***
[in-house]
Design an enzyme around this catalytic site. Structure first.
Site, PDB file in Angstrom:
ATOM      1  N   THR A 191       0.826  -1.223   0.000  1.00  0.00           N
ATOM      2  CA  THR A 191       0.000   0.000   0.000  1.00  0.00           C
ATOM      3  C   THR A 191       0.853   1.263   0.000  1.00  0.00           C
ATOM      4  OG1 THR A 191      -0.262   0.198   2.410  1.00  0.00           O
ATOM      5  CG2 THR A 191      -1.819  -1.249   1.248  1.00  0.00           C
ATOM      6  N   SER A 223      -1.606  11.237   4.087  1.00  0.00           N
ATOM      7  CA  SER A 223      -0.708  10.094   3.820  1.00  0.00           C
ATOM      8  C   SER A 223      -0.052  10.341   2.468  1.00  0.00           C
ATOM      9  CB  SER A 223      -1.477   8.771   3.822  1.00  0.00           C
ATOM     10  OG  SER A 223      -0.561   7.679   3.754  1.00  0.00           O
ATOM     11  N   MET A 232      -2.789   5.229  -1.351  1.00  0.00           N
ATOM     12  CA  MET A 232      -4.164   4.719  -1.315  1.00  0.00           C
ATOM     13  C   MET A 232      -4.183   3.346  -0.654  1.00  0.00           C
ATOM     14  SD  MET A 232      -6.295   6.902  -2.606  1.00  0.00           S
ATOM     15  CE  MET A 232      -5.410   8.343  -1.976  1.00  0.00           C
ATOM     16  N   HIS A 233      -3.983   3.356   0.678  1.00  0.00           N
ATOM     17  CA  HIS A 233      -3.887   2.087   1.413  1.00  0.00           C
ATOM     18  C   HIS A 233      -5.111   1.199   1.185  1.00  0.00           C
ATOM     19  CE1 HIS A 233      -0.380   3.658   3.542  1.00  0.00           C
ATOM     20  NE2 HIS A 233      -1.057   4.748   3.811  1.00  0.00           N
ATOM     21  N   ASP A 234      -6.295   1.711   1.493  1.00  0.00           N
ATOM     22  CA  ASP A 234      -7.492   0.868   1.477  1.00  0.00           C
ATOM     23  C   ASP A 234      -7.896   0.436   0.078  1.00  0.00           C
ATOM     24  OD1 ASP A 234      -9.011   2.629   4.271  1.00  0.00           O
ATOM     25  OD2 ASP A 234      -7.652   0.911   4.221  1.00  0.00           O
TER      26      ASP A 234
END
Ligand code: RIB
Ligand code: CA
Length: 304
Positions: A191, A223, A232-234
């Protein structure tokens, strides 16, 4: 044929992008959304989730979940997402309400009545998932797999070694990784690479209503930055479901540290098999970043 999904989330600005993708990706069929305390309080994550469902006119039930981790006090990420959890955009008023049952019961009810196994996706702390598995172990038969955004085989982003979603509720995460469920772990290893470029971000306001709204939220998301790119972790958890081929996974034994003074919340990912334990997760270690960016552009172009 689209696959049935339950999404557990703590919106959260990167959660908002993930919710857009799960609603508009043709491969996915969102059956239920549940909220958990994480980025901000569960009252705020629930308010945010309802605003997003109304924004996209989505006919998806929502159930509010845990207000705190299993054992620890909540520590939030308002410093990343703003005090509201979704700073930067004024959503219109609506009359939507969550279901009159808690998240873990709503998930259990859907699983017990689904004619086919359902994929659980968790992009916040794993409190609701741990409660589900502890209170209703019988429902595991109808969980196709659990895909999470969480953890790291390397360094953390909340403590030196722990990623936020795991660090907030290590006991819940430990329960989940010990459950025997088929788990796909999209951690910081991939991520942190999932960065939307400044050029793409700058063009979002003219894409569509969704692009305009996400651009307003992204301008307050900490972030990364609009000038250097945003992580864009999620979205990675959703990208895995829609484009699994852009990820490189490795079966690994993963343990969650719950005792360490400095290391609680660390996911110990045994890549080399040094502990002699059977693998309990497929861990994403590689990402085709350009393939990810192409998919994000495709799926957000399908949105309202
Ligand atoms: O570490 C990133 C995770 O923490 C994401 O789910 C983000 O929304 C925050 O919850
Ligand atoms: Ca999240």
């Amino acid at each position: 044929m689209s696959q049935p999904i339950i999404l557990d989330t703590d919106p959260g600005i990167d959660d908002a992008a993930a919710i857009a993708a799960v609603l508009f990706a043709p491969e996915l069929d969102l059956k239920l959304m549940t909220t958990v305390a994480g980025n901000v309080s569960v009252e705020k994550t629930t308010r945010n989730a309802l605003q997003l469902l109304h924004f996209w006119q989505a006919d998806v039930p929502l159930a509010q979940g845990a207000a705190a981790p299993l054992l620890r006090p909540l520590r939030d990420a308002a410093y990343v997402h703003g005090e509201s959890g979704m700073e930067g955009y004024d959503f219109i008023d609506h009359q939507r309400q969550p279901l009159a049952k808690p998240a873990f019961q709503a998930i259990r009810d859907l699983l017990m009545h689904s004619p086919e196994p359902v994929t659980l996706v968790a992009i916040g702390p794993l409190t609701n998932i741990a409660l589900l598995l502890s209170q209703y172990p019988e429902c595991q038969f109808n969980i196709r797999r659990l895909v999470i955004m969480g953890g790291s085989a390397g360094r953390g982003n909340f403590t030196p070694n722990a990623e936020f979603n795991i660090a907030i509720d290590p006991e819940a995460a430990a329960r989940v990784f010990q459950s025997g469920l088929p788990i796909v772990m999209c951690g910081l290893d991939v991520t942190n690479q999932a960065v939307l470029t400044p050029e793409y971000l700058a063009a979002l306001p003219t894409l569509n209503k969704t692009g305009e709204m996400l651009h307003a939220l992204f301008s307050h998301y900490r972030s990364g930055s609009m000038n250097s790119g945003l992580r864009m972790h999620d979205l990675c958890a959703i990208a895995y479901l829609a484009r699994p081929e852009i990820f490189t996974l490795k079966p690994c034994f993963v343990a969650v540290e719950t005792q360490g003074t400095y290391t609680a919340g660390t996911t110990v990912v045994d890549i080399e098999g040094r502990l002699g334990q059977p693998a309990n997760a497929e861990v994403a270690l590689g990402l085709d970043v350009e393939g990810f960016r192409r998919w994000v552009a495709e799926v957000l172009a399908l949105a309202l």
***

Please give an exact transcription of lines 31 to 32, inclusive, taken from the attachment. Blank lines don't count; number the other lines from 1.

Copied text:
Ligand code: RIB
Ligand code: CA